6. [Implementation of ECG Monitoring System Based on Internet of Things].

    Science.gov (United States)

    Lu, Liangliang; Chen, Minya

    2015-11-01

    In order to expand the capabilities of hospital's traditional ECG device and enhance medical staff's work efficiency, an ECG monitoring system based on internet of things is introduced. The system can monitor ECG signals in real time and analyze data using ECG sensor, PDA, Web servers, which embeds C language, Android systems, .NET, wireless network and other technologies. After experiments, it can be showed that the system has high reliability and stability and can bring the convenience to medical staffs.

  7. QRS detection based ECG quality assessment

    International Nuclear Information System (INIS)

    Hayn, Dieter; Jammerbund, Bernhard; Schreier, Günter

    2012-01-01

    Although immediate feedback concerning ECG signal quality during recording is useful, up to now not much literature describing quality measures is available. We have implemented and evaluated four ECG quality measures. Empty lead criterion (A), spike detection criterion (B) and lead crossing point criterion (C) were calculated from basic signal properties. Measure D quantified the robustness of QRS detection when applied to the signal. An advanced Matlab-based algorithm combining all four measures and a simplified algorithm for Android platforms, excluding measure D, were developed. Both algorithms were evaluated by taking part in the Computing in Cardiology Challenge 2011. Each measure's accuracy and computing time was evaluated separately. During the challenge, the advanced algorithm correctly classified 93.3% of the ECGs in the training-set and 91.6 % in the test-set. Scores for the simplified algorithm were 0.834 in event 2 and 0.873 in event 3. Computing time for measure D was almost five times higher than for other measures. Required accuracy levels depend on the application and are related to computing time. While our simplified algorithm may be accurate for real-time feedback during ECG self-recordings, QRS detection based measures can further increase the performance if sufficient computing power is available. (paper)

  8. ECG biometric identification: A compression based approach.

    Science.gov (United States)

    Bras, Susana; Pinho, Armando J

    2015-08-01

    Using the electrocardiogram signal (ECG) to identify and/or authenticate persons are problems still lacking satisfactory solutions. Yet, ECG possesses characteristics that are unique or difficult to get from other signals used in biometrics: (1) it requires contact and liveliness for acquisition (2) it changes under stress, rendering it potentially useless if acquired under threatening. Our main objective is to present an innovative and robust solution to the above-mentioned problem. To successfully conduct this goal, we rely on information-theoretic data models for data compression and on similarity metrics related to the approximation of the Kolmogorov complexity. The proposed measure allows the comparison of two (or more) ECG segments, without having to follow traditional approaches that require heartbeat segmentation (described as highly influenced by external or internal interferences). As a first approach, the method was able to cluster the data in three groups: identical record, same participant, different participant, by the stratification of the proposed measure with values near 0 for the same participant and closer to 1 for different participants. A leave-one-out strategy was implemented in order to identify the participant in the database based on his/her ECG. A 1NN classifier was implemented, using as distance measure the method proposed in this work. The classifier was able to identify correctly almost all participants, with an accuracy of 99% in the database used.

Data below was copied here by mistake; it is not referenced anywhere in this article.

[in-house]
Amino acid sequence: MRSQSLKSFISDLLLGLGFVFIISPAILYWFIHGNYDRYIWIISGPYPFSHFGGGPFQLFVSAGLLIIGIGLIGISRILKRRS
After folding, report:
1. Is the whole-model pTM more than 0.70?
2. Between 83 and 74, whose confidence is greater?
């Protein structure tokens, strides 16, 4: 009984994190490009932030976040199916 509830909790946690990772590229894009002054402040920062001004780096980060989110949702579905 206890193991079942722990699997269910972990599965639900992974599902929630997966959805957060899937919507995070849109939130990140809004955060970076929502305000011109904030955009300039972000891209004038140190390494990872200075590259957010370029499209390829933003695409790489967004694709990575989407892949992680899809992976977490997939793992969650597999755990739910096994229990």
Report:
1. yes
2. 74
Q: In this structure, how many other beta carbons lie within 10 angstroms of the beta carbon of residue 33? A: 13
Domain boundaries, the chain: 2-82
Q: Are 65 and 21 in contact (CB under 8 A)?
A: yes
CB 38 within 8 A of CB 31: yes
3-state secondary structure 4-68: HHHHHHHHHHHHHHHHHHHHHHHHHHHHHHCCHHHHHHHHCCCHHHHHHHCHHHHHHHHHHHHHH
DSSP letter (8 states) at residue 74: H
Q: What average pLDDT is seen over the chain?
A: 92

9. Correlation of resting ECG, stress ECG and thallium scan in the evaluation of coronary artery disease

    International Nuclear Information System (INIS)

    Khan, A.; Amin, W.; Khan, M.Z.A.; Ahmed, A.; Kiani, M.R.

    1987-01-01

    This study includes 70 cases who underwent myocardial perfusion studies with thallium 201 during the year 1984-85. They were studied clinically, had their resting ECGs, stress ECGs and coronary angiograms. Majority of these patients were males, their ages ranged between 34-70 years. The patients population included with typical/atypical chest pain, some with resting ECG abnormalities, after coronary angiography and a few after coronary artery bypass graft surgery. The result of all the modalities were compared with the conventional gold standard for ischaemic heart disease, i.e. coronary angiogram. It is concluded that the sensitivity of resting ECG in the diagnosis of ischaemic heart disease is very low. The exercise test alone was found conclusive in about 74% of patients while sensitivity of thallium scan was 66% in this particular group of patients. (author)

  10. 21 CFR 892.1970 - Radiographic ECG/respirator synchronizer.

    Science.gov (United States)

    2010-04-01

    ... 21 Food and Drugs 8 2010-04-01 2010-04-01 false Radiographic ECG/respirator synchronizer. 892.1970... (CONTINUED) MEDICAL DEVICES RADIOLOGY DEVICES Diagnostic Devices § 892.1970 Radiographic ECG/respirator synchronizer. (a) Identification. A radiographic ECG/respirator synchronizer is a device intended to be used to...

  11. Reliability of Computer Analysis of Electrocardiograms (ECG) of ...

    African Journals Online (AJOL)

    Background: Computer programmes have been introduced to electrocardiography (ECG) with most physicians in Africa depending on computer interpretation of ECG. This study was undertaken to evaluate the reliability of computer interpretation of the 12-Lead ECG in the Black race. Methodology: Using the SCHILLER ...